The first edition came out in April of 2019, with 4 subsequent editions coming out every 2-3 months. Ted searches out the story concepts, then passes each one on to his able staff of writers. As a Kaneohe resident myself, I delightedly found the new magazine in my mailbox, water buffalo and all, with fascinating stories within, and the feeling I’d been allowed to peak inside someone’s attic of favorite keepsakes.
By the second edition, a lady from Pennsylvania called Ted from the North Shore, saying her friend’s grandfather Ah Fook Choy had owned that water buffalo! And the Choy family provided more photos to prove it. The buffalo story further unfolded to relate how Cecile B. DeMille had needed water buffalos for his 4+ hour epic film “The Ten Commandments” starring Charlton Heston. The Choy’s buffalo answered the casting call, was shipped to Hollywood for filming, and subsequently found a new home at the San Diego Zoo! Ted’s first story just kept giving!
Many of us love the feeling of entering Kaneohe from busy Honolulu, emerging from the Pali tunnel to see Kaneohe Bay stretched out before us in its arcing beauty. The second edition focused on Pali Trails and Tales. Incredibly timely, as the Pali Tunnel was largely shutdown for landslide repairs, we got to see and read about its original construction, with local embroidery of stories of Night Marchers – spirits of Hawaiian warriors near their ancient battle sites – and even a 2018 re-enacted Honolulu Police Department video of a police officer stopping to speak to a hunched over figure walking along the highway, then suddenly realizing the old woman was seated in the back of the patrol car. Spooky.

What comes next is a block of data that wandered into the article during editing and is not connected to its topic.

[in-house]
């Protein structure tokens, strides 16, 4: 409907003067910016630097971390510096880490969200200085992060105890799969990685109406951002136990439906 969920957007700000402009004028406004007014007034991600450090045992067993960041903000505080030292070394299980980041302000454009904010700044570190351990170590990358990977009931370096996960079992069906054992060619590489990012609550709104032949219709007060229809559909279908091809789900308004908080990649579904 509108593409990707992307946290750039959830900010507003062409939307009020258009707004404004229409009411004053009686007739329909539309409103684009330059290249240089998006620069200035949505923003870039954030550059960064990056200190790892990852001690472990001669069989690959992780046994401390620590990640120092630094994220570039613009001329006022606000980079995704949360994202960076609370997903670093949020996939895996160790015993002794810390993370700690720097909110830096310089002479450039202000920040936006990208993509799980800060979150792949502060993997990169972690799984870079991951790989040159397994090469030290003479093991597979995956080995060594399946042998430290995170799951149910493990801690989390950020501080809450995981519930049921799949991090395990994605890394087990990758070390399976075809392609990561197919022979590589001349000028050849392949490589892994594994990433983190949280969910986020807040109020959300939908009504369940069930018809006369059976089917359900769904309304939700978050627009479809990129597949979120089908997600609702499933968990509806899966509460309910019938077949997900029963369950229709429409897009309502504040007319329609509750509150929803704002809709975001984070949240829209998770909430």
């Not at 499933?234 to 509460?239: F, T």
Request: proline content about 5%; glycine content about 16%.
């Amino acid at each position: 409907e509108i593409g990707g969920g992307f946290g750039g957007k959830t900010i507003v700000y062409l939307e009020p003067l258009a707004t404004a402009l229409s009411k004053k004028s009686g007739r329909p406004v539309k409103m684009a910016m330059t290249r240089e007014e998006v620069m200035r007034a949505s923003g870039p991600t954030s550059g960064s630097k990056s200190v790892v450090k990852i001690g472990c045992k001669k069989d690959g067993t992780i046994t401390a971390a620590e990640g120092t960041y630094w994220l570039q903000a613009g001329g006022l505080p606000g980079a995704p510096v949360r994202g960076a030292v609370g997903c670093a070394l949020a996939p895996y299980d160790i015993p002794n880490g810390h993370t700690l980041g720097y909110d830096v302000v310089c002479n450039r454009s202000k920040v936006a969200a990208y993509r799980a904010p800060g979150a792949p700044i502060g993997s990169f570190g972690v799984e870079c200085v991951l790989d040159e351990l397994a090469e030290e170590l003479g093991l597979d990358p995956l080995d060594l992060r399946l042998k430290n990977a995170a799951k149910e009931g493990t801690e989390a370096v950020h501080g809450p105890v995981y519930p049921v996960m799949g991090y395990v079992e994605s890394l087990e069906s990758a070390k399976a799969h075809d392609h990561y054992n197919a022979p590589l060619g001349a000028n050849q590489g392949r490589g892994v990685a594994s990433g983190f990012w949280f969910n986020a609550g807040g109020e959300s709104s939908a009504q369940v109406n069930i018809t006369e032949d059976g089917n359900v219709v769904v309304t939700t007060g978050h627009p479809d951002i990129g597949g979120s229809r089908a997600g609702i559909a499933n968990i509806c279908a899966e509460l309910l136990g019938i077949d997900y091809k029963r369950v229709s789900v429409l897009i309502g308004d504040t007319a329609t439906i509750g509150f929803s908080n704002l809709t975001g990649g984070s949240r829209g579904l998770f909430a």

I imagine that I was not the only one of his readers to be surprised by the magazine’s story of the December 7th, 1941 Japanese bombing hitting the Kaneohe Marine Corps Base before it hit Pearl Harbor, killing 17 sailors and 5-7 civilians. However, for long-time local families, the incident is seared into their hearts. The most recent edition of the magazine includes a follow-up story by 90-year-old Kaneohe (He’eia) resident Louis Andrew Keaulouhiole McCabe. In it MaCabe relates the chilling story of losing both his father and uncle that day to the tragedy of “friendly fire” when he was but twelve. Such an authentic voice.
Further in the same May-August 2020 edition we hear of the “Sweet Sound of Success” with Kanila’s ‘Ukulele, a family business and musical influence in Kaneohe, which enhances the whole community like the proverbial “rising tide” that “lifts all boats” with its own success.
Something old, something new, something borrowed… Ted has come up with a good luck division of the magazine’s content in this way: 30% historical, 30% current, 30% business. I guess the last 10% of the secret formula’s magic comes out of the blue!
Being quite the do-it-yourself kind of guy, Ted personally does special deliveries of the magazine. He prints 25,000 of each edition, mailing them at no charge to every residential address, PO Box and business in the 96744 zip code. If you have a dad like mine who says that a thing is only worth what it costs you – in other words $0 – don’t believe him when it comes to Kaneohe Magazine. It’s worth every dime you never have to spend for it!
NOTE: If you live out of the 96744 zip code and want to receive Kaneohe Magazine, you can subscribe for $6/copy, $15 / 3 copies.
Ted Sturdvant: 808.256.4108
In development: www.kaneohemagazine.com
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This post is also available in: 日本語 (Japanese)